Indian Tea

Indian TeaDarjeeling Tea


Since 1852 approximately 80 tea gardens have been producing a tea unique to this region. The region sits in the shadow of the mighty Himalayas. Only here do the exact temperatures and soil conditions work their magic on the Camellia Sinensis plant (the China hybrid known as China Jat variety). If this same variety of plant is replanted anywhere else it will fail to produce the same flavor as the Champagne of Teas. There are three distinct manufacturing periods for this tea:


·       First Flush


·       Second Flush


·       Autumn Flush


Each pound of fine tea consists of more than 9,000 individually hand plucked shoots! Top grade First and Second Flush Darjeeling’s will bring some of the highest prices found at the Kolkata tea auctions. Many will not make it to auction because international buyers will pay top dollar, euro or yen for the best offerings.


Looking over the lush remote valleys and tea-carpeted mountain slopes, these serene vistas disguise the fact that the tea gardens of Darjeeling are often in a struggle to survive. Aging gardens and counterfeit “Darjeeling” teas are the two main problems facing this 150-year-old industry.


The Tea Board of India has taken strong steps to protect the name and authenticity of Darjeeling by receiving the Geographical Indications of Goods (Registration & Protection Act, 1999) in 2003, Darjeeling tea became the first Indian product to receive a GI tag through the Indian Patent Office.


Assam Tea


Assam produces a full-bodied strong tea with a musky, strong bright color and a somewhat astringent taste that takes well to milk and sugar. It is grown from the Camellia Sinensis var. assamica.  Assam is the birthplace of tea in India and grows in the lowlands unlike Darjeeling and Niligiri. The tea estates produce both CTC and orthodox style teas. Some of the finest teas in the world are grown in Assam.


Assam is a northeastern state of India with its capital at Guwahati. Located south of the eastern Himalayas, Assam comprises the Brahmaputra and the Barak River valleys and the Karbi Anglong District and the North Cachar Hills. Assam is surrounded by the other six of the Seven Sister States: Arunachal Pradesh, Nagaland, Manipur, Mizoram, Tripura and Meghalaya. These states are connected to the rest of India via a narrow strip in West Bengal called the Siliguri Corridor.  Assam also shares international borders with Bhutan and Bangladesh; and cultures, peoples and climate with South-East Asia. This beautiful region is also home to tropical rainforests along with grass lands, bamboo orchards and numerous wetland ecosystems. The Kaziranga and Manas regions have been named World Heritage Sites. The Kaziranga is the home for the rare Indian rhinoceros, while Manas is a tiger sanctuary.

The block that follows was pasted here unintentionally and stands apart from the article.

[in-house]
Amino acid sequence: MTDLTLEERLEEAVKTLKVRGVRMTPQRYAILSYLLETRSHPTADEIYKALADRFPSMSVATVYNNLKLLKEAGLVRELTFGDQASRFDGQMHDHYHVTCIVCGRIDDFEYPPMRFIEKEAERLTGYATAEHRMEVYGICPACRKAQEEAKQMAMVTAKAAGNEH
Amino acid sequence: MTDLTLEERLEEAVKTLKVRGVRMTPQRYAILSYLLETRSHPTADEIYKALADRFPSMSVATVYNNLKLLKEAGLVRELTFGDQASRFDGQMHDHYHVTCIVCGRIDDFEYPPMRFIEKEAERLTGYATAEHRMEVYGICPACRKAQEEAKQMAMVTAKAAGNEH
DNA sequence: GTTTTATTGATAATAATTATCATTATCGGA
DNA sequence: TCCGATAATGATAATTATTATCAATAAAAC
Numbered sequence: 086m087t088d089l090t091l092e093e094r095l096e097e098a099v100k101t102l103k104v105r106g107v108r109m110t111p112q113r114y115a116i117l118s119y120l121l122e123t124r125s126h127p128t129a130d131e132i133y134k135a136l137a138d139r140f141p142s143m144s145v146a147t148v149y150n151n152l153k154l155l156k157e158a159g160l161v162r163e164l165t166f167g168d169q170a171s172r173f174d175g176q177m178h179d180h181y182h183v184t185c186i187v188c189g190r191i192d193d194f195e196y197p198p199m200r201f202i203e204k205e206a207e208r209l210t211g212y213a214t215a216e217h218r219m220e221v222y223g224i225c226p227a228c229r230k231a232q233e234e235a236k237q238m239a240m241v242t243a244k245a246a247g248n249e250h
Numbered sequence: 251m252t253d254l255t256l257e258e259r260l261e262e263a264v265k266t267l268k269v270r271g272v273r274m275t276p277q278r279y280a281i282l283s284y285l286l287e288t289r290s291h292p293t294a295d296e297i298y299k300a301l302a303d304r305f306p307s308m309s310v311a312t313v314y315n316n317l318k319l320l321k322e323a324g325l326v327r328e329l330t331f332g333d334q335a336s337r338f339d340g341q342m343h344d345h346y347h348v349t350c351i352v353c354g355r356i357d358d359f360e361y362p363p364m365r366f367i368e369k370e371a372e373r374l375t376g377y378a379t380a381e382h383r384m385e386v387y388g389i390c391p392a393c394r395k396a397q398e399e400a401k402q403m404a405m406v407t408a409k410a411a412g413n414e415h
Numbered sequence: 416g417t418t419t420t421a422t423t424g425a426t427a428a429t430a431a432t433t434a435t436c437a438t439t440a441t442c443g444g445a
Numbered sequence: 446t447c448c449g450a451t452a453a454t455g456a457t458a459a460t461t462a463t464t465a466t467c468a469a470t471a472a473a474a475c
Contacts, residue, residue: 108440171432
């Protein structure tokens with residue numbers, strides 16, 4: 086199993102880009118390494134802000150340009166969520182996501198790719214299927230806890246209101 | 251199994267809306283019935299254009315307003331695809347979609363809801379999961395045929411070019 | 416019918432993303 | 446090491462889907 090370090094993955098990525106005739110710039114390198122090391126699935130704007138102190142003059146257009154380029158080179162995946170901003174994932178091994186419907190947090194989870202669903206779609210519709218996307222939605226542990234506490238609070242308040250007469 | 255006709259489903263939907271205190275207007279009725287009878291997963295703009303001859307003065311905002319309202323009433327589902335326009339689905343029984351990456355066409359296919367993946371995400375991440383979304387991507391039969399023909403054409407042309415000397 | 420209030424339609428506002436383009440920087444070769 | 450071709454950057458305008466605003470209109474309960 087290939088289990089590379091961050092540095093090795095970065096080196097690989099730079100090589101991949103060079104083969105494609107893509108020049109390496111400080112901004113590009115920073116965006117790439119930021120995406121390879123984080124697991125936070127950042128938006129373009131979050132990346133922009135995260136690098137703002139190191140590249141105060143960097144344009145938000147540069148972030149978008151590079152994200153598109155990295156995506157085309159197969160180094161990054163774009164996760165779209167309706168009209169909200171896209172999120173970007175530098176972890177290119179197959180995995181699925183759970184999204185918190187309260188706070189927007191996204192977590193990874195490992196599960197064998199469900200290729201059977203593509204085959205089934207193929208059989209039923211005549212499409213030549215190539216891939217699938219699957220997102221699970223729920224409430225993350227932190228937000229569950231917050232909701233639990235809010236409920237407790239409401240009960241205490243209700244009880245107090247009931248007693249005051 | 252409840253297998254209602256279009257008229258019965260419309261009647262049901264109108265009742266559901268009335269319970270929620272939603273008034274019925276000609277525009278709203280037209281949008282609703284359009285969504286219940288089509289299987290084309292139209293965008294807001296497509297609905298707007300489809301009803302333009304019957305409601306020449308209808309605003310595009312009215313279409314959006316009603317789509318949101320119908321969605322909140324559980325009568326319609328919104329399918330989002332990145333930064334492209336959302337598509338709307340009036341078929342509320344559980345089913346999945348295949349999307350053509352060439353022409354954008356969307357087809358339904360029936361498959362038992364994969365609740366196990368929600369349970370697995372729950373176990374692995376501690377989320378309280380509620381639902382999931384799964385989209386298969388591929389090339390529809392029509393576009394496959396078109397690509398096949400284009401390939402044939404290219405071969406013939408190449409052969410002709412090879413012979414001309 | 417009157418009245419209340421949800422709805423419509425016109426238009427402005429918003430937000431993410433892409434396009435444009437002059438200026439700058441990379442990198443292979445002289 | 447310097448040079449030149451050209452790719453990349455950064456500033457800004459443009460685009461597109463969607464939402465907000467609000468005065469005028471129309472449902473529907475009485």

The single largest tea growing region in the world created the first tea company in the world, the Assam Tea Company. During British explorations in the 1800s there was a rumor that a preparation of tea leaves was being prepared as a drink by local tribes. British explorer Major Robert Bruce discovered this to be true when he found large areas of wild-growing tea trees.  Although he died in 1825, his brother Major C.A. Bruce eventually convinced the British authorities that the plant was native to Assam and that it was a variety of Camellia Sinensis.


Chai, the popular spicy Indian drink, is often made with tea from Assam and Assam tea is regularly used for the breakfast type teas (e.g., English Breakfast, Irish Breakfast). Assam is producer today of the largest quantity of tea in India, both premium and mass-market quality.




Nilgiri means Blue Mountain and is located in the southern Indian region state of Tamil Nadu. Nilgiri’s refers to the mountain range that spans Tamil Nadu, Karnataka and Kerala. These mountains are part of the Western Ghats of India. Both tea and coffee are the largest crops grown in this agricultural belt of India, while the region is also home to the largest number of wild elephants in the subcontinent and one of the most important wild tiger habitats. Mudumalai Park and Mukurthi National Park form the nucleus of the Nilgiri Biosphere Reserve.


Tea planting began in the mid 1800s in the Nilgiri’s. Nilgiri has a year round plucking cycle unlike that of Darjeeling and Assam. Niligiri teas are being used to create many different blends of teas around the world. Tea from the Nilgiri’s are fragrant and brisk in character. The Nilgiri tea plantations produce about ten percent of the tea grown in India. The tea is low in tannins and brews a delicious iced tea as well.